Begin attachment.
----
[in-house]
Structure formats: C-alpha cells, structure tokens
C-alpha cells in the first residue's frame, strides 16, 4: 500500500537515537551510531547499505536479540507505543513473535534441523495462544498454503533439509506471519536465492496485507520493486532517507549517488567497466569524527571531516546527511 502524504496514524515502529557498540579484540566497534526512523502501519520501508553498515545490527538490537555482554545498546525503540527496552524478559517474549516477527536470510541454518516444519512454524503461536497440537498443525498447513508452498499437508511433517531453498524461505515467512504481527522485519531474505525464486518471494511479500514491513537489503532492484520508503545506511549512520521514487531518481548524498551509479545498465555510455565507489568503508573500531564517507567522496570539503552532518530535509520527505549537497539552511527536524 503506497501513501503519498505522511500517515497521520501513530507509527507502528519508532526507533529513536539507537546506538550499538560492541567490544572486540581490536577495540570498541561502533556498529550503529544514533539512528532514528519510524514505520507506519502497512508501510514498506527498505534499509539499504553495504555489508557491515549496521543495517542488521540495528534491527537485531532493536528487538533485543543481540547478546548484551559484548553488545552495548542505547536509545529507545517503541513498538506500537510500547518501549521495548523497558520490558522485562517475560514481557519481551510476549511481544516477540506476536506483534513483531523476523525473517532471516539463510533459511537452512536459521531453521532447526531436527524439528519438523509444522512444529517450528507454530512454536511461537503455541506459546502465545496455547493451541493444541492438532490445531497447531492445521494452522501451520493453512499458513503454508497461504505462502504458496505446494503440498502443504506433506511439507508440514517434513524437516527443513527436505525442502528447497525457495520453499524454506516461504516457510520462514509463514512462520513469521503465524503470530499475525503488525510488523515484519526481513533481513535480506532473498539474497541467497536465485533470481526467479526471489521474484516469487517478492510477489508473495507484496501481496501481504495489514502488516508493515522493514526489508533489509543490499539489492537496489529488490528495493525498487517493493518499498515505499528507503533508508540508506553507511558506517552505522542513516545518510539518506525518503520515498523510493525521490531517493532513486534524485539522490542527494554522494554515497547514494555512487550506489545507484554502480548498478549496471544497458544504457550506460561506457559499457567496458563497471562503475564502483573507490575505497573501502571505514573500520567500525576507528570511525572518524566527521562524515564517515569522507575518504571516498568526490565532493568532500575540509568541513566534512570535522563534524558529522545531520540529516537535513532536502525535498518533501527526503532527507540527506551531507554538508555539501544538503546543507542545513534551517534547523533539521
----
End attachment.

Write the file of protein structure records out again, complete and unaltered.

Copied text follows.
[in-house]
Structure formats: C-alpha cells, structure tokens
C-alpha cells in the first residue's frame, strides 16, 4: 500500500537515537551510531547499505536479540507505543513473535534441523495462544498454503533439509506471519536465492496485507520493486532517507549517488567497466569524527571531516546527511 502524504496514524515502529557498540579484540566497534526512523502501519520501508553498515545490527538490537555482554545498546525503540527496552524478559517474549516477527536470510541454518516444519512454524503461536497440537498443525498447513508452498499437508511433517531453498524461505515467512504481527522485519531474505525464486518471494511479500514491513537489503532492484520508503545506511549512520521514487531518481548524498551509479545498465555510455565507489568503508573500531564517507567522496570539503552532518530535509520527505549537497539552511527536524 503506497501513501503519498505522511500517515497521520501513530507509527507502528519508532526507533529513536539507537546506538550499538560492541567490544572486540581490536577495540570498541561502533556498529550503529544514533539512528532514528519510524514505520507506519502497512508501510514498506527498505534499509539499504553495504555489508557491515549496521543495517542488521540495528534491527537485531532493536528487538533485543543481540547478546548484551559484548553488545552495548542505547536509545529507545517503541513498538506500537510500547518501549521495548523497558520490558522485562517475560514481557519481551510476549511481544516477540506476536506483534513483531523476523525473517532471516539463510533459511537452512536459521531453521532447526531436527524439528519438523509444522512444529517450528507454530512454536511461537503455541506459546502465545496455547493451541493444541492438532490445531497447531492445521494452522501451520493453512499458513503454508497461504505462502504458496505446494503440498502443504506433506511439507508440514517434513524437516527443513527436505525442502528447497525457495520453499524454506516461504516457510520462514509463514512462520513469521503465524503470530499475525503488525510488523515484519526481513533481513535480506532473498539474497541467497536465485533470481526467479526471489521474484516469487517478492510477489508473495507484496501481496501481504495489514502488516508493515522493514526489508533489509543490499539489492537496489529488490528495493525498487517493493518499498515505499528507503533508508540508506553507511558506517552505522542513516545518510539518506525518503520515498523510493525521490531517493532513486534524485539522490542527494554522494554515497547514494555512487550506489545507484554502480548498478549496471544497458544504457550506460561506457559499457567496458563497471562503475564502483573507490575505497573501502571505514573500520567500525576507528570511525572518524566527521562524515564517515569522507575518504571516498568526490565532493568532500575540509568541513566534512570535522563534524558529522545531520540529516537535513532536502525535498518533501527526503532527507540527506551531507554538508555539501544538503546543507542545513534551517534547523533539521